Tuesday, September 18, 2012

Puppetmaster or Scapegoat?

It's all been done before and it will continue evermore;
 almost every single election since its inception;
 the Federal Reserve will have the nerve;
 to be the mind's eye of monetary supply.

Ben Bernanke has had the world's greatest minds come together to confirm that I should not be a poet. 

The Federal Reserve, headed by the guy in the picture above, serves as the central bank of the United States. All of the members of the Federal Reserve committee determines if they need to print more money or un-print more money (whatever the opposite of printing money is) in order to fulfill the dual mandate of controlling inflation and minimizing unemployment. The Federal Reserve has set unofficial targets of keeping inflation at 2 percent and unemployment under 5 percent. After looking at all the latest and greatest data on the economy, the board has determined that inflation is too low, unemployment is too high, and that the economy is not going to fix itself any time soon; therefore they decided to launch another Quantitative Easing (QE3) program. The 3 is because it is the third time of the current recession that they have undertaken such a policy. 

Republicans are against it. Democrats are for it. Both for the same reason. It's going to boost the economy right before the election, which will help the incumbent and hurt the challenger. But how much difference it will actually make is not clear.

It's not the first time this has happened. To be honest, the Federal Reserve has taken some course correction every election cycle for the last 60 years. Twelve of the last 15 cycles, the Federal Reserve engaged in monetary easing. The other three were monetary contractions. It has not always benefited the incumbent, either. This is what an independent Central Bank does. They ignore the the election and do what the economy needs to be done. This story would not be complete without talking about Paul Volcker.

No one throws a recession party like Paul Volcker throws a recession party. 

Jimmy Carter appointed Paul Volcker as the Chairman of the Federal Reserve in 1979 because he had a plan to stop the (almost) runaway inflation that has hampered the economy since the 1973. Double digit inflation had taken its toll for six long years now. A dollar was worth less than half of what it was worth before the oil embargo.Volcker was going to raise interest rates, which would cut the monetary supply, to get inflation under control. Only problem is that it would cause a recession in the process. Jimmy Carter made no attempt to influence Volcker's decision to cut the power to the economy. The lights went out. Growth grounded to a halt. Inflation receded. Carter lost re-election. Reagan became President. The economy bounced back, inflation-free, in 1982.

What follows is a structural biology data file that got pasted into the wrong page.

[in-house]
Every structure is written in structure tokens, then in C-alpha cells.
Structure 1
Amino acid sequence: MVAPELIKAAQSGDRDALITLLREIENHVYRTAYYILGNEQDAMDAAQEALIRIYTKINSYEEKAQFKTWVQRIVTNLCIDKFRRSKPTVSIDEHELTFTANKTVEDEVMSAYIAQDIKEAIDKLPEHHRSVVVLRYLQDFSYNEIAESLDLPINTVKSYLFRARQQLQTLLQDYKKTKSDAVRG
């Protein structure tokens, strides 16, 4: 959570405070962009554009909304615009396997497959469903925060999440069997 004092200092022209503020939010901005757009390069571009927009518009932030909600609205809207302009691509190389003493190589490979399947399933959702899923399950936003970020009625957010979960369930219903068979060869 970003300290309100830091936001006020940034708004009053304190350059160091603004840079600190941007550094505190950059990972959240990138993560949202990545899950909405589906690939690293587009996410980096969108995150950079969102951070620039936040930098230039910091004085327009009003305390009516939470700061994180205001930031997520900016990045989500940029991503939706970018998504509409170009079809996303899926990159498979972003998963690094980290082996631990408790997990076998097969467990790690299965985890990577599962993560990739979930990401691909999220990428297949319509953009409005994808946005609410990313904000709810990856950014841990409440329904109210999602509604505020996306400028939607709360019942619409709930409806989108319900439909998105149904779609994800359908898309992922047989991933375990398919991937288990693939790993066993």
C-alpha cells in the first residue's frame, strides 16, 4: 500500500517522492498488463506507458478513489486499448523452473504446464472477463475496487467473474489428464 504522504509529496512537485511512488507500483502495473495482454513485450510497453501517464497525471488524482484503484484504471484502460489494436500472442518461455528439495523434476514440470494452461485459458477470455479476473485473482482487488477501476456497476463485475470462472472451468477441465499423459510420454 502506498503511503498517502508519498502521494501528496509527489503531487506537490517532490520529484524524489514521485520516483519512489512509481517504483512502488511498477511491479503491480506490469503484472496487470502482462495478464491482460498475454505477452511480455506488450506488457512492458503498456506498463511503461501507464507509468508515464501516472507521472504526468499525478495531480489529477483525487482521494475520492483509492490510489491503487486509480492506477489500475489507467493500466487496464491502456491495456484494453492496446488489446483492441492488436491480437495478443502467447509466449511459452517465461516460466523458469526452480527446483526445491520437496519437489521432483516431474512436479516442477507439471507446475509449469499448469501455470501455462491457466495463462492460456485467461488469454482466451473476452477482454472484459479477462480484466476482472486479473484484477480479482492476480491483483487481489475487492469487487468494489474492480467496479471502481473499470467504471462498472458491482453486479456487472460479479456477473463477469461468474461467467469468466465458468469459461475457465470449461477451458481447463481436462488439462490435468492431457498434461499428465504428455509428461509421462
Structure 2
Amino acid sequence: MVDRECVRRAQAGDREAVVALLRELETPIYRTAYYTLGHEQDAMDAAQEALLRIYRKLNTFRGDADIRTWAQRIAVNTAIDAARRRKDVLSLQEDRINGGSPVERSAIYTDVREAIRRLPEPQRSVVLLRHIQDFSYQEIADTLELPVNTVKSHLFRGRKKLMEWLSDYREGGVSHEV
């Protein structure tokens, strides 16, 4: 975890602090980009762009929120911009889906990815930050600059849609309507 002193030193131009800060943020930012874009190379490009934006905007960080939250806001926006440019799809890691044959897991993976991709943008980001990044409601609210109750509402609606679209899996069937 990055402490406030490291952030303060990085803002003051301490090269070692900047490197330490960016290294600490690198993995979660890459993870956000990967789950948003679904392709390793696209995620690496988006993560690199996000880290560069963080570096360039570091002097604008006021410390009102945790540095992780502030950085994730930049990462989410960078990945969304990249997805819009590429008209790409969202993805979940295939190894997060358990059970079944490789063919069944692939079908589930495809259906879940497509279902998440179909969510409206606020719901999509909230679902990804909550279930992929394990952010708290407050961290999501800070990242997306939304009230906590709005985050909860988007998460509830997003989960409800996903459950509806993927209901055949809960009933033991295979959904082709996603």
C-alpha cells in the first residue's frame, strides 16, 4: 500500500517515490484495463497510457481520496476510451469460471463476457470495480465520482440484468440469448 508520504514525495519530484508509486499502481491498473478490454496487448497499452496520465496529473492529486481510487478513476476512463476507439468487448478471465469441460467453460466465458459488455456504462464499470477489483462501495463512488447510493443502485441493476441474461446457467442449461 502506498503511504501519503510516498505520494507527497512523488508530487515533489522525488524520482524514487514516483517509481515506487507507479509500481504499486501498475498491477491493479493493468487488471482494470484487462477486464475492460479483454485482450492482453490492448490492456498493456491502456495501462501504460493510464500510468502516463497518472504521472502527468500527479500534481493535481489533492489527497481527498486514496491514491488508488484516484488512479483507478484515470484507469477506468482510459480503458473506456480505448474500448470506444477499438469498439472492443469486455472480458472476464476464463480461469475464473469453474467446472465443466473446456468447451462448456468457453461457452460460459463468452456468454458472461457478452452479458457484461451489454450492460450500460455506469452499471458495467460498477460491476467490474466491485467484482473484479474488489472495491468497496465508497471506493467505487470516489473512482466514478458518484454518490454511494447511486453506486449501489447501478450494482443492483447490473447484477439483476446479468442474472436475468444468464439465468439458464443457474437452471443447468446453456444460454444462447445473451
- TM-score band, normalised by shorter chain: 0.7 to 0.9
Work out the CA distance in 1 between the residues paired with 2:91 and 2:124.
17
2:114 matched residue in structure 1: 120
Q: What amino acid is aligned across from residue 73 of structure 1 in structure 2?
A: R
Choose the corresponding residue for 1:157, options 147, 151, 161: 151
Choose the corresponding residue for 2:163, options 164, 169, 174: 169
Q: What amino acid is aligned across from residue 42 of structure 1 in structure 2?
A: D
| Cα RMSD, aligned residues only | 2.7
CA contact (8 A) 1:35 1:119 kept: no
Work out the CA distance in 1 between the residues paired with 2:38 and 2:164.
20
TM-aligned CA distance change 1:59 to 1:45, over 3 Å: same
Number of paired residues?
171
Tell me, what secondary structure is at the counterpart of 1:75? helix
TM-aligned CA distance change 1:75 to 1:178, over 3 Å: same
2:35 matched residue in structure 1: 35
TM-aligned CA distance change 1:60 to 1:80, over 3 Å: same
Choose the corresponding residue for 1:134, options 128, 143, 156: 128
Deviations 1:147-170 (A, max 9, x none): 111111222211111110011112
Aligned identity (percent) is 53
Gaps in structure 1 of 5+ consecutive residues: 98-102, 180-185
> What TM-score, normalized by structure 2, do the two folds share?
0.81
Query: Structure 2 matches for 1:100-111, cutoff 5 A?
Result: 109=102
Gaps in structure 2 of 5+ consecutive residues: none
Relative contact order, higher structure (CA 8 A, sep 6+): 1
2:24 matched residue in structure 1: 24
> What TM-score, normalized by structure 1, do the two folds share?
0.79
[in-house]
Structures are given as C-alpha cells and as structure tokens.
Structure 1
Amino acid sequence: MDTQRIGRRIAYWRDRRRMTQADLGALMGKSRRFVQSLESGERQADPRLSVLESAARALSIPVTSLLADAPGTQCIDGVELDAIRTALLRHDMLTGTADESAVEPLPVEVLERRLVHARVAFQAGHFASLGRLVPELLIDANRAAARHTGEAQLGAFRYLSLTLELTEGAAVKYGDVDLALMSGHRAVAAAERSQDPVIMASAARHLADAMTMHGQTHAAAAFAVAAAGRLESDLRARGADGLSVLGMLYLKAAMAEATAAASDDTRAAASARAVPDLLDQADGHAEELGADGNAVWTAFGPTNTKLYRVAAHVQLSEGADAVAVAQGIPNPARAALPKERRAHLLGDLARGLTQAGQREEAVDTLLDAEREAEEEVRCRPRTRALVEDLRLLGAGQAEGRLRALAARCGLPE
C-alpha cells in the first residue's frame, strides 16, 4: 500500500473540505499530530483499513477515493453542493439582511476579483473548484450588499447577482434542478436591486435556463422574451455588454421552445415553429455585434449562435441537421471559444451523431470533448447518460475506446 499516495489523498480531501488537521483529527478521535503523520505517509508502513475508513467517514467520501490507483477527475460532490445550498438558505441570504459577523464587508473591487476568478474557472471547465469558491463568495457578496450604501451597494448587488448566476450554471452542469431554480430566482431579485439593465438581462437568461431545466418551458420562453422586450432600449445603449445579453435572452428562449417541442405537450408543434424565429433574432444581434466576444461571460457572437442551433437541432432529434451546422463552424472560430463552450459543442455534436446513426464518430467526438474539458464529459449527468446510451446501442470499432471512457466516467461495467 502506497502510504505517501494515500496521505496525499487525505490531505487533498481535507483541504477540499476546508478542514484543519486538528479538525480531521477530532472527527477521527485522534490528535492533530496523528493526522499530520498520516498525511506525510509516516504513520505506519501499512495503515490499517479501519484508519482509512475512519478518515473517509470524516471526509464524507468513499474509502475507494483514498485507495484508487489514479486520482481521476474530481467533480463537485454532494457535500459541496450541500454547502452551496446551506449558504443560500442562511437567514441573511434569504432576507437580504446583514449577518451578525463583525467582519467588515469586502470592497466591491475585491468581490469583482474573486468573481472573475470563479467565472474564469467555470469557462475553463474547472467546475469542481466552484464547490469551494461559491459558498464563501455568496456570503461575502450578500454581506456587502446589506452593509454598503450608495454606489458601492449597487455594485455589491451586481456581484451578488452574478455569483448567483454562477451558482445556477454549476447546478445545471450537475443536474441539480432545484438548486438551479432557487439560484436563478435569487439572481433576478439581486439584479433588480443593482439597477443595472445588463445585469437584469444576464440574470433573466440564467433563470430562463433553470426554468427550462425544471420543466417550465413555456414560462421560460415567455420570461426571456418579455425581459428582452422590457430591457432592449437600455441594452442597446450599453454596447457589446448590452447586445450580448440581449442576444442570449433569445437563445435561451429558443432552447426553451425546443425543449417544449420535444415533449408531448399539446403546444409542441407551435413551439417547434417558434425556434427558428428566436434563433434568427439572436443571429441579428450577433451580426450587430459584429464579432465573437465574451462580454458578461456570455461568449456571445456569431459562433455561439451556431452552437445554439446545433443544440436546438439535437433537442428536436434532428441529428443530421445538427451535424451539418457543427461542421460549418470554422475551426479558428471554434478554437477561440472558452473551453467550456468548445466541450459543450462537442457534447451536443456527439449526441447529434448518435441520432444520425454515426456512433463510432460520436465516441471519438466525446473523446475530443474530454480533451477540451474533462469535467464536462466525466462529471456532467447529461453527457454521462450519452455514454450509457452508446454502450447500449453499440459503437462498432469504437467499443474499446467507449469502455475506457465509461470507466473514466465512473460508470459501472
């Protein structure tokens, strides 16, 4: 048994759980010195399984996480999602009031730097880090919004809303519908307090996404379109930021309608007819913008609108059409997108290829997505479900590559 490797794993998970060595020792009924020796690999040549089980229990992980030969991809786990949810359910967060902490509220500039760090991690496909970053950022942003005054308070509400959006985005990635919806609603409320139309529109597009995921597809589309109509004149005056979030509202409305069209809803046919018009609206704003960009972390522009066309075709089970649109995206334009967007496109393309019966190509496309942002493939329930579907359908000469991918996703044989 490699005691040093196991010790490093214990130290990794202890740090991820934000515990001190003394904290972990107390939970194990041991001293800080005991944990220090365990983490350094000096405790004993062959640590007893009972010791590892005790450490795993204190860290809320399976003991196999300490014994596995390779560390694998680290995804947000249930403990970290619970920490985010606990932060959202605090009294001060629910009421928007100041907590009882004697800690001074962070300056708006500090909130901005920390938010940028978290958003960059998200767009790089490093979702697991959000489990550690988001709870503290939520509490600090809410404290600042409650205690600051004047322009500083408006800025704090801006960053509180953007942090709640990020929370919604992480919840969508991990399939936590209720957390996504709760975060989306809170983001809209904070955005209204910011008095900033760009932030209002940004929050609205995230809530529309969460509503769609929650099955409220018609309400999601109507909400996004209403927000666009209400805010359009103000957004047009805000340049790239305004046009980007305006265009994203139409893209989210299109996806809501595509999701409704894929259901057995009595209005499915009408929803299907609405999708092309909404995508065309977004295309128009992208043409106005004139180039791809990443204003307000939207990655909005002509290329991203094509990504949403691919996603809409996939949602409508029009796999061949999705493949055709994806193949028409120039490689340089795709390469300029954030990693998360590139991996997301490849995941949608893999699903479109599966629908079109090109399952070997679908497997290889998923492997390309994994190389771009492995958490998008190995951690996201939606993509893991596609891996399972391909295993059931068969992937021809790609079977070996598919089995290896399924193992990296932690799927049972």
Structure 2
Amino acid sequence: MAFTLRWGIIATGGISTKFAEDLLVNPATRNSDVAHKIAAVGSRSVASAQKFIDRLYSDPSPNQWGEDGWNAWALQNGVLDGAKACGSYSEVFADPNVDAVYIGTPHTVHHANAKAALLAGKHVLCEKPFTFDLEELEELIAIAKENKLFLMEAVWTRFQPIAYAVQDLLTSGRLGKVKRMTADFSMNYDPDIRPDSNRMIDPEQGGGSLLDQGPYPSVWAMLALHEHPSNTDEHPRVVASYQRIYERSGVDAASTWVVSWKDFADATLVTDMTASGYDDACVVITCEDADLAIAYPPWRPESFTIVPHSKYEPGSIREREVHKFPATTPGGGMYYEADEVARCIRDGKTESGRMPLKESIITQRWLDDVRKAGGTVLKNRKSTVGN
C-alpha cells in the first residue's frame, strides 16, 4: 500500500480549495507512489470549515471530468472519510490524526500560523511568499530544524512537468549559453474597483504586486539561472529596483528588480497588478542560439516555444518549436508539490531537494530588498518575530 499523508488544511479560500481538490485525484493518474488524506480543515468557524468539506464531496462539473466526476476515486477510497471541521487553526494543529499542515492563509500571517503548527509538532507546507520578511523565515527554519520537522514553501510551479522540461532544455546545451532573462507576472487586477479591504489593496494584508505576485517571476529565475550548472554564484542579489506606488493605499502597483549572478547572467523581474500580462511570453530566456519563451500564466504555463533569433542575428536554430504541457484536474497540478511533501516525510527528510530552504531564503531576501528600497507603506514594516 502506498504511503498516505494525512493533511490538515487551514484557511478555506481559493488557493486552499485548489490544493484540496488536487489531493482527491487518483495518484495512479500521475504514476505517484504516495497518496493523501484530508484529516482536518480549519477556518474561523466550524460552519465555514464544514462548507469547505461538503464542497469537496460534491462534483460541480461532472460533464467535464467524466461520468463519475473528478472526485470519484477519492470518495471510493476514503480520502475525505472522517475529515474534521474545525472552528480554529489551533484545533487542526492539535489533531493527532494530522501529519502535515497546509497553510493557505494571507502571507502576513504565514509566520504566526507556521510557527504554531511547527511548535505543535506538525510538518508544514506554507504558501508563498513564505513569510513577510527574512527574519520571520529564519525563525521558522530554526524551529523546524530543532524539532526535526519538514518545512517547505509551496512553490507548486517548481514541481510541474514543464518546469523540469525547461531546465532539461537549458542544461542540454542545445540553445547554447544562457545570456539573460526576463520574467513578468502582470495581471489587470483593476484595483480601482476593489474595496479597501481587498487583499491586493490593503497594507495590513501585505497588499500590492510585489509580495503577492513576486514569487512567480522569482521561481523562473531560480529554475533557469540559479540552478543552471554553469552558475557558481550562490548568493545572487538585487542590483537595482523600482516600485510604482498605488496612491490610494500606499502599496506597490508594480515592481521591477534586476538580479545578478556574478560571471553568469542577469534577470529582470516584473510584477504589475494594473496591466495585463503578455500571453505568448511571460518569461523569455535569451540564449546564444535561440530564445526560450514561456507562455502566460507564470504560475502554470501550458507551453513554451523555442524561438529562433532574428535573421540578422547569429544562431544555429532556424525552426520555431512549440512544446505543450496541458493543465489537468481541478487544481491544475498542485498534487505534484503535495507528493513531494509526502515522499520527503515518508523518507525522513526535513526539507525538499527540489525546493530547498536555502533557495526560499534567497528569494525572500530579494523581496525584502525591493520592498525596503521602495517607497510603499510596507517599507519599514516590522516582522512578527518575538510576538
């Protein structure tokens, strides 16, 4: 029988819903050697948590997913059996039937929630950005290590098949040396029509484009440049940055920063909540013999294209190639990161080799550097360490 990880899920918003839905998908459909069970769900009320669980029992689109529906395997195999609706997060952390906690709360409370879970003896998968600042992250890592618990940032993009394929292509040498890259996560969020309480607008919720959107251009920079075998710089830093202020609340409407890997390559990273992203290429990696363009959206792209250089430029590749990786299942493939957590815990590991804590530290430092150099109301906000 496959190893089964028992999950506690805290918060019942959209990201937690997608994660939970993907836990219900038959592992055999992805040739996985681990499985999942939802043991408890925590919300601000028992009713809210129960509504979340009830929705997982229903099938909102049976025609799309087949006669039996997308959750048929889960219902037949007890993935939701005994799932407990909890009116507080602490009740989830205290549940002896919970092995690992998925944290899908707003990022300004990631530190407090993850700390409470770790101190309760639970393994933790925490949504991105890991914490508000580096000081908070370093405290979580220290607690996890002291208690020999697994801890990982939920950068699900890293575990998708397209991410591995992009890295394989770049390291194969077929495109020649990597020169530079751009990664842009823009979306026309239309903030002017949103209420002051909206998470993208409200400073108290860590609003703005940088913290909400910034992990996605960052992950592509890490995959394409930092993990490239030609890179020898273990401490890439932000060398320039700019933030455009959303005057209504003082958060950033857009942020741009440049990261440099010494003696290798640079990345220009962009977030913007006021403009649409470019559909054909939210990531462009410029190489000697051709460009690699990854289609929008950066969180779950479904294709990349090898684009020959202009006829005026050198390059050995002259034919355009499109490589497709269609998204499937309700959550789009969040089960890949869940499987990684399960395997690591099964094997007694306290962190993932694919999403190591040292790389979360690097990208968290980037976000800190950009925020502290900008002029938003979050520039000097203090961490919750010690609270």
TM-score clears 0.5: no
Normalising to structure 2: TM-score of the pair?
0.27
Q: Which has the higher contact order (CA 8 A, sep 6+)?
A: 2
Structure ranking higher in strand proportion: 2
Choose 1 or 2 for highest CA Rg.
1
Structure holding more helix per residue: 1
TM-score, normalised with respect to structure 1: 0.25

Now that is not a typical situation. Let's take 1992 instead. The economy went into a recession by itself. President Bush the Elder asked Federal Reserve Chairman Alan Greenspan to take action. After looking at economic data for a few months, Greenspan's and his Board of Governors cut interest rates - which expanded the monetary base, but was far less than what the President wanted. It was too little too late. Bush lost the election to Clinton. “I reappointed him and he disappointed me,” Mr. Bush said.

Would have a more forceful and quicker action made the difference for Mr. Bush? Will bond buying by the Federal Reserve change the outcome for Mr. Obama today? On both instances, probably not. Will the one party or the other accuse the Central Bank of screwing them either way? Probably so. There is no question that monetary policy can help the economy in the long-run, but there is also no evidence that it in itself has enough power to change the outcome of elections. 

It may be because it will take about six months before people are going to feel the impact of this policy; Making it hard to fix an election that is two months away.

In your opinion, is the Federal Reserve Chairman a Puppetmaster or a Scapegoat to the election? Or neither?

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